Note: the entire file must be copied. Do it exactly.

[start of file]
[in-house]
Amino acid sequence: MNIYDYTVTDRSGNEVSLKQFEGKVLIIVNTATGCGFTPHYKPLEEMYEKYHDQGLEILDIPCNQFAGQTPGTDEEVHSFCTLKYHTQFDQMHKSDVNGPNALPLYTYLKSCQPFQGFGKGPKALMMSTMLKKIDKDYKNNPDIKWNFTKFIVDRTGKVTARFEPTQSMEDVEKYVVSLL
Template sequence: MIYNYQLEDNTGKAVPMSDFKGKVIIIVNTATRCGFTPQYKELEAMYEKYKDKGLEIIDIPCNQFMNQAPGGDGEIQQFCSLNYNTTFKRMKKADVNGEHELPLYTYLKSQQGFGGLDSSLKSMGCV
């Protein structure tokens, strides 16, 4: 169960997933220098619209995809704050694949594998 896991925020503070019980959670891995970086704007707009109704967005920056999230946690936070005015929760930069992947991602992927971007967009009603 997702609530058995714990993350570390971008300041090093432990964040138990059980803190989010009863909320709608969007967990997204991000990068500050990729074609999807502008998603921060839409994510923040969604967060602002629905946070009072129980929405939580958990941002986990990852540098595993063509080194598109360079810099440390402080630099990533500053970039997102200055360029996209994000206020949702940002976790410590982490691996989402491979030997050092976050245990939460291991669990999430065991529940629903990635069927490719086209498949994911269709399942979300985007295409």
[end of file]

[in-house]
Amino acid sequence: MNIYDYTVTDRSGNEVSLKQFEGKVLIIVNTATGCGFTPHYKPLEEMYEKYHDQGLEILDIPCNQFAGQTPGTDEEVHSFCTLKYHTQFDQMHKSDVNGPNALPLYTYLKSCQPFQGFGKGPKALMMSTMLKKIDKDYKNNPDIKWNFTKFIVDRTGKVTARFEPTQSMEDVEKYVVSLL
Template sequence: MIYNYQLEDNTGKAVPMSDFKGKVIIIVNTATRCGFTPQYKELEAMYEKYKDKGLEIIDIPCNQFMNQAPGGDGEIQQFCSLNYNTTFKRMKKADVNGEHELPLYTYLKSQQGFGGLDSSLKSMGCV
């Protein structure tokens, strides 16, 4: 169960997933220098619209995809704050694949594998 896991925020503070019980959670891995970086704007707009109704967005920056999230946690936070005015929760930069992947991602992927971007967009009603 997702609530058995714990993350570390971008300041090093432990964040138990059980803190989010009863909320709608969007967990997204991000990068500050990729074609999807502008998603921060839409994510923040969604967060602002629905946070009072129980929405939580958990941002986990990852540098595993063509080194598109360079810099440390402080630099990533500053970039997102200055360029996209994000206020949702940002976790410590982490691996989402491979030997050092976050245990939460291991669990999430065991529940629903990635069927490719086209498949994911269709399942979300985007295409």